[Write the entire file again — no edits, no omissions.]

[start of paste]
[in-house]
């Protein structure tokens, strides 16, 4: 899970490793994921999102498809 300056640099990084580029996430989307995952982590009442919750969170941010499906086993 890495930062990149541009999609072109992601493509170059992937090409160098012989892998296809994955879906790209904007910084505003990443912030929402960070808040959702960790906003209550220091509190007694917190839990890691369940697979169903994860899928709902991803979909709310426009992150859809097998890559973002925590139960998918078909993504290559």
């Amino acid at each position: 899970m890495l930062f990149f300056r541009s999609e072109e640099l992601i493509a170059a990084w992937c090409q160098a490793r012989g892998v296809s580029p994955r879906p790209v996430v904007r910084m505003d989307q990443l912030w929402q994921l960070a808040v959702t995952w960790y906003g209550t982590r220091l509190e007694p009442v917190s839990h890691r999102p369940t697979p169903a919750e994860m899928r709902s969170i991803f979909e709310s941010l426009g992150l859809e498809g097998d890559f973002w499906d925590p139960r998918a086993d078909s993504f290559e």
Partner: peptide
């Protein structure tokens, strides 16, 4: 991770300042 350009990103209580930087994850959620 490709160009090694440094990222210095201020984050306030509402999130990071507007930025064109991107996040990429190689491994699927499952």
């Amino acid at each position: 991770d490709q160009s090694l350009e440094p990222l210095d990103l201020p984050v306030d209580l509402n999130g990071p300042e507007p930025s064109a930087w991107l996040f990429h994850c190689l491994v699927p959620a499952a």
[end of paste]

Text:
[in-house]
């Protein structure tokens, strides 16, 4: 899970490793994921999102498809 300056640099990084580029996430989307995952982590009442919750969170941010499906086993 890495930062990149541009999609072109992601493509170059992937090409160098012989892998296809994955879906790209904007910084505003990443912030929402960070808040959702960790906003209550220091509190007694917190839990890691369940697979169903994860899928709902991803979909709310426009992150859809097998890559973002925590139960998918078909993504290559």
């Amino acid at each position: 899970m890495l930062f990149f300056r541009s999609e072109e640099l992601i493509a170059a990084w992937c090409q160098a490793r012989g892998v296809s580029p994955r879906p790209v996430v904007r910084m505003d989307q990443l912030w929402q994921l960070a808040v959702t995952w960790y906003g209550t982590r220091l509190e007694p009442v917190s839990h890691r999102p369940t697979p169903a919750e994860m899928r709902s969170i991803f979909e709310s941010l426009g992150l859809e498809g097998d890559f973002w499906d925590p139960r998918a086993d078909s993504f290559e």
Partner: peptide
């Protein structure tokens, strides 16, 4: 991770300042 350009990103209580930087994850959620 490709160009090694440094990222210095201020984050306030509402999130990071507007930025064109991107996040990429190689491994699927499952």
């Amino acid at each position: 991770d490709q160009s090694l350009e440094p990222l210095d990103l201020p984050v306030d209580l509402n999130g990071p300042e507007p930025s064109a930087w991107l996040f990429h994850c190689l491994v699927p959620a499952a």